After experiencing those 3 MMORPG’s I just mentioned I was handed EverQuest Platinum. In this latest version of the most successful online fantasy game you get the original EverQuest game and the first seven expansions. It retails for $30 which is a steal because if you tried purchasing them individually it would cost a small fortune. EQP is the last compilation of expansions before EverQuest II comes out this fall.
Five Years and Counting
On March 16, 1999 EverQuest set the standard for today’s MMORPG’s much like Mario 64 did for platform games. The reason I say that EQ set the standard is because the newer MMORPG’s take everything EQ did and they tried to improve upon it. For the most part they succeeded, creating more visually pleasing environments, easier user interfaces, and updated graphics/animation. It’s amazing how familiar EQ is in relation to the new MMORPG’s like Dark Age of Camelot and Final Fantasy XI.
After playing EQ now for over 30 hours I now know why it’s the largest and most successful MMORPG ever. Simply put, it’s still a great game and just as much fun as the latest MMORPGs available today. The only thing that it really lacks is an updated graphics engine which will be coming out in the near future.
However my biggest complaint about EQ is the graphics. It may not seem like a big deal, but it is for me. I love to enter a world with lush visuals that draws me into it just as quickly I can log in. Playing EQ after playing games like Dark Age of Camelot and FFXI was like taking a huge step back graphically. I’m sure that if I played EQ first and then those games then I’d be able to deal with the lack of graphical detail. My point being is that I wasn’t as drawn into EQP as much as I was pervious MMORPG’s that I’ve played.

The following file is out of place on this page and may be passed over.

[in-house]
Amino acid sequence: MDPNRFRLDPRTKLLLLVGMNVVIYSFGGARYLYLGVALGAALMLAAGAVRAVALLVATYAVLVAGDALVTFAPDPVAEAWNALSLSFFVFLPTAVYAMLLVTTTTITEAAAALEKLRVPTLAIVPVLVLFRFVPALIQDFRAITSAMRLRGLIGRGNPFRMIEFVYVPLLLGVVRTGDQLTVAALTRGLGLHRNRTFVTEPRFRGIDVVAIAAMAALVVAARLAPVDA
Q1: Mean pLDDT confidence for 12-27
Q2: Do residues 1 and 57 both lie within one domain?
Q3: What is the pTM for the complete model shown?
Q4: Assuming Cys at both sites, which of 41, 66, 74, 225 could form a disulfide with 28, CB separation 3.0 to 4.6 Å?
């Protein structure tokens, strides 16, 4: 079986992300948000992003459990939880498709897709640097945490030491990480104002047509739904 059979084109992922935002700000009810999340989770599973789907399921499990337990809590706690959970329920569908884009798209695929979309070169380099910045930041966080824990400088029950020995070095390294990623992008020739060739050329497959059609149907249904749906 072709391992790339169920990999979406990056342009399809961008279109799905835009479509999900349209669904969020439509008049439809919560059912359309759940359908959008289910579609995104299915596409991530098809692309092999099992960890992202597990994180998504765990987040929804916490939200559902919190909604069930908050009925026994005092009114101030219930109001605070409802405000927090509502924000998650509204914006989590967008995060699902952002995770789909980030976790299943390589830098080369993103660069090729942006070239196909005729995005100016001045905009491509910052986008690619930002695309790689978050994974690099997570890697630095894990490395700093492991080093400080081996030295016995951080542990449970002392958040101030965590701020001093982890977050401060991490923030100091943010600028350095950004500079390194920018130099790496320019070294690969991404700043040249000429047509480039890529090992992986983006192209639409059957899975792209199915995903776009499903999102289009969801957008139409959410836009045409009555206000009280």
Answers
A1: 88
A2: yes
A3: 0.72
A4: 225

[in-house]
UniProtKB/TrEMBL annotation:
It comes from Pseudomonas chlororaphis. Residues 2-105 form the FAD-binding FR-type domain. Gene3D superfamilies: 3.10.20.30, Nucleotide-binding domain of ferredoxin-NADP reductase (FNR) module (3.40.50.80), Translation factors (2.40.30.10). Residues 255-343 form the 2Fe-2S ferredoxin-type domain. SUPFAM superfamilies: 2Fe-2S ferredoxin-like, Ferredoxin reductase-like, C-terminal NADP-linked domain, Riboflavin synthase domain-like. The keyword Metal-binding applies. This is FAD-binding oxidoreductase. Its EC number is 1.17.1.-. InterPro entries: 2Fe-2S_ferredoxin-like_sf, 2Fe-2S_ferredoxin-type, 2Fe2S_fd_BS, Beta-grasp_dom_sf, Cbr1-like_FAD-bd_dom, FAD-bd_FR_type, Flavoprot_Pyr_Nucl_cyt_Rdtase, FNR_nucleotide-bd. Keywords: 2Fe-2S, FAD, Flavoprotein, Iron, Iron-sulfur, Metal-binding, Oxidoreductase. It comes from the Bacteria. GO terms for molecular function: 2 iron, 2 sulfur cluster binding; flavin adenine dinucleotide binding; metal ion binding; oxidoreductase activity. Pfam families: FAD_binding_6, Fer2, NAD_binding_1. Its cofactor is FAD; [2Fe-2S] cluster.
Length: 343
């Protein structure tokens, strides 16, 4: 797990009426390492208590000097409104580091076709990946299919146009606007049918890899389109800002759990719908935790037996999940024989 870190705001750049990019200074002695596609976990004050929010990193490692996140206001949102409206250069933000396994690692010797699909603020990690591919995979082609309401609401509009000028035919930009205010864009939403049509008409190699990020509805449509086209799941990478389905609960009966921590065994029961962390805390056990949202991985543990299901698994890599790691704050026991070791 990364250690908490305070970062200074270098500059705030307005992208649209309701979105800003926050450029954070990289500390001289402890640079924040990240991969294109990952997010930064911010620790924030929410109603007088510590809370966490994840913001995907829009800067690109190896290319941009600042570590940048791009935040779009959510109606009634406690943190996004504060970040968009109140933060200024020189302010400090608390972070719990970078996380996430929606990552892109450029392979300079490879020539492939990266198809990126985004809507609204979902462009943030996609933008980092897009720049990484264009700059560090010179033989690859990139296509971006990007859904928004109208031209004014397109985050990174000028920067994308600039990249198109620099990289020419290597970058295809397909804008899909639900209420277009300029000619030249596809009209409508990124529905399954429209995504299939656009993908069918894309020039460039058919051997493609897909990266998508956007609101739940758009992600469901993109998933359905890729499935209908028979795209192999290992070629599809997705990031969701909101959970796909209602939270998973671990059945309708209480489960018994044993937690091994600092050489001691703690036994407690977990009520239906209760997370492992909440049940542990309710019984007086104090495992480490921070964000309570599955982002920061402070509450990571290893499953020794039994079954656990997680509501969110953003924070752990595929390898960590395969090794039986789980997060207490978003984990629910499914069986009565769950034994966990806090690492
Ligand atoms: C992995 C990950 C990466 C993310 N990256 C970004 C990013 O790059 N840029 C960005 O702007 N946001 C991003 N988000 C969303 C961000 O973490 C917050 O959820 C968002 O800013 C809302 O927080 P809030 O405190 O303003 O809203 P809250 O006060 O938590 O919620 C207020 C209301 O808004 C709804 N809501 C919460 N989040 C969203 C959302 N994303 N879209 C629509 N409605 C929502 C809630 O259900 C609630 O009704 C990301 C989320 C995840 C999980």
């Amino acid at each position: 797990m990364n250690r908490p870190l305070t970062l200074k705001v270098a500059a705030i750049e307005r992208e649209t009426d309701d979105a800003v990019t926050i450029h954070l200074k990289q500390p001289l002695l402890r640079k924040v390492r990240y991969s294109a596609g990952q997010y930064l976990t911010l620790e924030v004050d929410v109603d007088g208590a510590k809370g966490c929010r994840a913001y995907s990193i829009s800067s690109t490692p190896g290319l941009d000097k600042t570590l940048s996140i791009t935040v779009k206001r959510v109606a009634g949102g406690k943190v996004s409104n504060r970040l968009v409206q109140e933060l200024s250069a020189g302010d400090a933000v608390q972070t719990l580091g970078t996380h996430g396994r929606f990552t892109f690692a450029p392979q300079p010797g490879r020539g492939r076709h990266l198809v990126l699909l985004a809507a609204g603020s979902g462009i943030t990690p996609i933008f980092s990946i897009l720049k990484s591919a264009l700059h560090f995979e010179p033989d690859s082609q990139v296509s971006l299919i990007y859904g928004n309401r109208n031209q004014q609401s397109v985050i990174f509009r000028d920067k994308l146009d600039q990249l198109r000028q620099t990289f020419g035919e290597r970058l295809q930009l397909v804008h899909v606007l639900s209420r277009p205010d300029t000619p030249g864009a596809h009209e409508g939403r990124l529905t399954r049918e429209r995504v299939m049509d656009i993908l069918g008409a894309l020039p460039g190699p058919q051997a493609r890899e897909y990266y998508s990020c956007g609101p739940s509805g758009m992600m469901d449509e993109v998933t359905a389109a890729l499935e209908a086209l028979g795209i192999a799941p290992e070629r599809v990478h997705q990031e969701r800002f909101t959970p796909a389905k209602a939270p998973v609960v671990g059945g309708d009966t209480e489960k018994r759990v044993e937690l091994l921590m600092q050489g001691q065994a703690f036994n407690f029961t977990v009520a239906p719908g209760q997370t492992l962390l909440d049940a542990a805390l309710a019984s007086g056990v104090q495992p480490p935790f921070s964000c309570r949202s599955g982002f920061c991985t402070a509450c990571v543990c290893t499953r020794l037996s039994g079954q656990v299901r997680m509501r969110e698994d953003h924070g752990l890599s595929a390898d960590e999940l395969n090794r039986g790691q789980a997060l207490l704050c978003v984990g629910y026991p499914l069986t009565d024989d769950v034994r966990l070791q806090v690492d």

Nonetheless, this is a great bargain for first time MMORPG players. I would highly recommend this game as a stepping-stone to the newer MMORPGs like EverQuest II. This is because of EQ’s great tutorial. It’s the best one of any MMORPG on the market today. The tutorial in full lasts 50-60mins and covers everything you need to know in order to get started. On top of that it’s completely audible and it leads you through it step by step rewarding you as you go. All the new MMORPG’s coming out will hopefully copy EQP tutorial format and expand upon it.
In conclusion, EQP is just slightly behind the times after being on the market for 5 years. That’s very impressive and it explains why Everquest has been so successful. With 7 expansions in 5 years EQ is an ever-changing and expanding world. Don’t expect EQ to die off silently after EverQuest II is released, it’s not going down without a fight!
EverQuest Platinum Features:
- 250 Zones to explore
- Over 350 square miles of virtual environments
- 40,000 Unique Items
- Character progression
- Collectable loot
- Play in a living breathing world
- Fully Customizable Control Scheme
- Over a million None player characters to encounter
- Choose from 16 different races and 16 unique classes including the new Berserker
- Hundreds of thousands of active players (over 400,000)
- The Largest Massively Multiplayer Online RPG in North America
- First 30 Days subscription free to new subscribers only
- Includes EverQuest Classic and the first seven expansion packs:
- The Ruins of Kunark
- The Scars of Velious
- The Shadows of Luclin
- The Planes of Power
- The Legacy of Ykesha
- Lost Dungeons of Norrath
- Gates of Discord
Look for more in-depth review coverage of EverQuest and the upcoming EverQuest II in our game reviews section.